Category Archives: Challenging Issues

When You Get a Big Fat Pile of Rejections

Peter just sent me the following question. And it’s a common one, so I thought I should answer it right quick.

“I sent my query letter out to ten agents, and I got ten rejections. I worked really hard on my pages, and I think they’re great. What am I doing wrong? Why am I only getting form letters?”

I don't think you suck! Quite the opposite!

What are you doing wrong indeed? Firstly, everybody gets rejected – so don’t feel bad. It’s part of the process. But that being said, let’s talk about a few of the reasons you might be getting those disappointing form letters instead of requests for more pages. There are typically a few specific reasons why this happens. Ask yourself:

1) Are you committed the sin of the premature submission? Are your pages really ready to be seen by anyone other than you? Be honest! Get second reads if you have to. I’m a big believer that this is one of the main reasons writers get rejected.

2) Are you sending your work to the right people? Who are you sending your queries to? Have you confirmed that they represent books that are in fact a good match for what you’re writing?

3) Does your letter do your work justice? Are you highlighting your voice, your story and yourself properly? Are you letting your voice shine through in the letter? Are you making the very easy mistake of being too businessey? Ask yourself if your memoir matches the tone of your letter.

These are three of the most common reasons people don’t hear back from agents – with the news they want anyway. And remember, in my book I talk about acting like a person that an agent wants to be in business with. That means being professional, a class-act! I realize it’s tough out there, really tough – and the bottom line is you might have to just keep at it. Or revise and keep at it. It’s par for the course. . . hang in there.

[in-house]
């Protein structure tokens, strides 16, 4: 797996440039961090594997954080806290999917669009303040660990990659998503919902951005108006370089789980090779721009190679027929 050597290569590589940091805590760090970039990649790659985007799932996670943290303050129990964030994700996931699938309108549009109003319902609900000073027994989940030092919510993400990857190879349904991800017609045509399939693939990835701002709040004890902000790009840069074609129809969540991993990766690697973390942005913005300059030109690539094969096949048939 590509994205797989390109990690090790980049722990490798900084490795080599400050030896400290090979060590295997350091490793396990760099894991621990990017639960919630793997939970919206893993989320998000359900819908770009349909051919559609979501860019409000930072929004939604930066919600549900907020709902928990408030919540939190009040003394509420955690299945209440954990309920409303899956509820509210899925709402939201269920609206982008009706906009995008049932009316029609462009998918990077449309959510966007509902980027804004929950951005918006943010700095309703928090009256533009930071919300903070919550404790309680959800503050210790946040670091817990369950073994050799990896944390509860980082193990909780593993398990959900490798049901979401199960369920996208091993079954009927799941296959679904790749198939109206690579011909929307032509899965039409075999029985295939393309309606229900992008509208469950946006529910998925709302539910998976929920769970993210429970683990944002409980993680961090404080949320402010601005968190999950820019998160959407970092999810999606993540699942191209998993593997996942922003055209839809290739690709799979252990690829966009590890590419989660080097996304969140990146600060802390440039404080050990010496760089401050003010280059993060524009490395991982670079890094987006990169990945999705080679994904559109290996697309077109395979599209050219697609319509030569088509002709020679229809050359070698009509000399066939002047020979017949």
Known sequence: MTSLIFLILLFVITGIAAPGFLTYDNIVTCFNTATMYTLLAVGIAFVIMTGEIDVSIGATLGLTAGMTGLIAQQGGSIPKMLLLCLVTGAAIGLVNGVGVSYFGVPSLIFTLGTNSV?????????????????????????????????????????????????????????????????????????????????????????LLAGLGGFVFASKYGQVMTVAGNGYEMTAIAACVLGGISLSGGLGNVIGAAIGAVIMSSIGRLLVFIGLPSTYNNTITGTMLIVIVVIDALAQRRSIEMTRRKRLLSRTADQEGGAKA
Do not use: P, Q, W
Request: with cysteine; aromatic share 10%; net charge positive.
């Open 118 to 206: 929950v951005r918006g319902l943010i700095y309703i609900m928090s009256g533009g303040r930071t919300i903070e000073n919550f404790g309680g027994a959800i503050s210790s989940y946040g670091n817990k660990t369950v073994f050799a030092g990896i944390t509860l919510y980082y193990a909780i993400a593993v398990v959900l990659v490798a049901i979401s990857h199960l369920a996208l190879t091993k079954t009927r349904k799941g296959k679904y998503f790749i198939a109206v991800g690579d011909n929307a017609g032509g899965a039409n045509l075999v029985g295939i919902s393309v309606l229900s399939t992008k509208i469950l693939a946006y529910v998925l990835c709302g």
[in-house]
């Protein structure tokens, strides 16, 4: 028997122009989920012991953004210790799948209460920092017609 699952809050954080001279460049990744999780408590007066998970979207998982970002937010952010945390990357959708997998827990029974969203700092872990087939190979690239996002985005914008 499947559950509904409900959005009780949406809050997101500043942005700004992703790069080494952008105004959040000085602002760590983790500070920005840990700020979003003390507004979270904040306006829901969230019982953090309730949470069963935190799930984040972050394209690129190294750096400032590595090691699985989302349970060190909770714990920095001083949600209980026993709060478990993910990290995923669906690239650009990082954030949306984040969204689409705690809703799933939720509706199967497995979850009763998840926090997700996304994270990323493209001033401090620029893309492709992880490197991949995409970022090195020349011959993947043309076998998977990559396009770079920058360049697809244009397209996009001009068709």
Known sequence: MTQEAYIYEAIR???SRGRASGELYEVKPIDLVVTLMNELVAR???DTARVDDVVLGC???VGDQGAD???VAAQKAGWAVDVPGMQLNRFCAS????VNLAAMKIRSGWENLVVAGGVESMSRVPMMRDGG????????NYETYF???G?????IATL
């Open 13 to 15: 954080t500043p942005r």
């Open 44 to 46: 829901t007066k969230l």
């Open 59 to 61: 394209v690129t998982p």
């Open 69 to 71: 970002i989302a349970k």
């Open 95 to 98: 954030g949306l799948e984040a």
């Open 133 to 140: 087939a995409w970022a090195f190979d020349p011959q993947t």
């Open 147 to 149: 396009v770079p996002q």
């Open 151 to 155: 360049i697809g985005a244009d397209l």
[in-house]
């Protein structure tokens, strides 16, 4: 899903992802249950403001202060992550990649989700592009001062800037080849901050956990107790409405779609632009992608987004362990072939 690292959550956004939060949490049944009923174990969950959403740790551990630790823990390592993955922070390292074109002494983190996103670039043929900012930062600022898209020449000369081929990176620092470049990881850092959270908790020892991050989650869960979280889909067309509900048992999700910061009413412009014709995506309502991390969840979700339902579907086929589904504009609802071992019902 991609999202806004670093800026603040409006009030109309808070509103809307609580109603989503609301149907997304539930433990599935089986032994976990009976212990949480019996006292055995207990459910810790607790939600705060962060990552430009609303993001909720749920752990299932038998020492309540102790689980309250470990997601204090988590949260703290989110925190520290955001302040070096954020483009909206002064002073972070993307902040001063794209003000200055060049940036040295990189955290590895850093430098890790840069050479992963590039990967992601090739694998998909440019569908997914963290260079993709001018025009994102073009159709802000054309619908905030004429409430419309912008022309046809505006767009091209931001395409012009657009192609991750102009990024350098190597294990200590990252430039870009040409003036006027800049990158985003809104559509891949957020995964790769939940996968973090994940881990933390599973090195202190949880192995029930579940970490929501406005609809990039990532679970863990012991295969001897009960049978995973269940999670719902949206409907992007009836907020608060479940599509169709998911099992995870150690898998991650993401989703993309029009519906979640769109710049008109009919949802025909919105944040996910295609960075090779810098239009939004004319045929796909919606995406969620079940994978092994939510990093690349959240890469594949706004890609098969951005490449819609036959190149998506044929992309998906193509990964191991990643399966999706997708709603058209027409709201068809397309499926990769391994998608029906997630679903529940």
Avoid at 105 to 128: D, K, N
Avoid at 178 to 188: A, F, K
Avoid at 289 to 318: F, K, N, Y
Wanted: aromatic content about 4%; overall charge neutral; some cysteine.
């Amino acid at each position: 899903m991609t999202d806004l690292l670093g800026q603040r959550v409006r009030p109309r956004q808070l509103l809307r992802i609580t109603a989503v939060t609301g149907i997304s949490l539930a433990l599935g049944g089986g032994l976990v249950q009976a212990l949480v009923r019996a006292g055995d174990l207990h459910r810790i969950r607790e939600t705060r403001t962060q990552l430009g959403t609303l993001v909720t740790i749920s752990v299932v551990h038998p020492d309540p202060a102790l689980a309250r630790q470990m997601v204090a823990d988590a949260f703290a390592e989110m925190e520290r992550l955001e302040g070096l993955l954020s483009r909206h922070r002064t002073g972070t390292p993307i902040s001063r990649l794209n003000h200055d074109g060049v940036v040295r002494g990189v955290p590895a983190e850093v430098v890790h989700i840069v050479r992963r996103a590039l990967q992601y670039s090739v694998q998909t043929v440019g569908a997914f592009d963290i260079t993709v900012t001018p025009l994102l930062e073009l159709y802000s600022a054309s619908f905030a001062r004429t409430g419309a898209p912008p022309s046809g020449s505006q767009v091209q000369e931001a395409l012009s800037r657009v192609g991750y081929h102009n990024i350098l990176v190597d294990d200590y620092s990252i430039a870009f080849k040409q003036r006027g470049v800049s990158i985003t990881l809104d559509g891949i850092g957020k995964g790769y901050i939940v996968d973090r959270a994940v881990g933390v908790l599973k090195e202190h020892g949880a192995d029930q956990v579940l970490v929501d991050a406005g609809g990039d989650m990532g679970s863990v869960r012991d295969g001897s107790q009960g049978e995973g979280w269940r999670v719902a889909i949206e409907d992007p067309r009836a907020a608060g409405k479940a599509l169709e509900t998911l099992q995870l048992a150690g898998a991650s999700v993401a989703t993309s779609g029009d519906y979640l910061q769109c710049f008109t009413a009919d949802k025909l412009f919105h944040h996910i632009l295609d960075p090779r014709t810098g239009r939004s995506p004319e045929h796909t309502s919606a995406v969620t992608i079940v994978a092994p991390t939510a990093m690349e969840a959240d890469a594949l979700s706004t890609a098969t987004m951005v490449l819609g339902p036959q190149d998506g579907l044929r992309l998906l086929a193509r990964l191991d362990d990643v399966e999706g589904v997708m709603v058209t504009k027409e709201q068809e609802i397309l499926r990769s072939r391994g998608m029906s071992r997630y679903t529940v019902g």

Question? You can email it. . .


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Filed under Challenging Issues, Publishing

Liking Memoirs Can Be Really Awkward

I was having an absolutely lovely November morning last week – enjoying breakfast at a local café, chatting with one of my favorite severs, Derrick. He happened to mention that his roommate had written a memoir, and would I like to borrow a copy? It was published last year, it’s really great, and he could just pop into his apartment and grab a copy (he lives around the corner and it wasn’t busy yet). Derrick is smart, so I knew there was a good chance that if he loved his roommate’s memoir that I would too. So, yeah sure, I’d love to borrow it! He mentioned her name, and I hadn’t heard of her, and I’m always excited to learn of a new memoirist. Derrick handed me the loveliest book. A small sized hardcover with embossed flowers . . . all class. I said “oh, this is so pretty, I love it!” But then I looked at the title and my heart sank. It was called The Young Widow’s Book of Home Improvement. Ugh. I wish I had noticed the, um, obvious reference to death before I had tossed out the off the cuff and downright jolly compliment.

But then I realized this is something that happens with memoirs. Who didn’t love The Glass Castle? But we certainly wouldn’t wish that kind of childhood on anyone. What do you say to someone who wrote a memoir that particularly moves you? Love the memoir but I’m so sorry your life sucked? It really does seem strange to compliment someone on their work without making a reference to the difficulty of the material. Or am I making way too much of this? Feel free to tell me I’m crazy.

And the beautiful book Derrick handed over to me? It’s called The Young Widow’s Book of Home Improvement: A True Story of Love and Renovation by Virginia Lloyd. I’m looking forward to reading it and I’ll be sure to report back.


Filed under Challenging Issues, Writers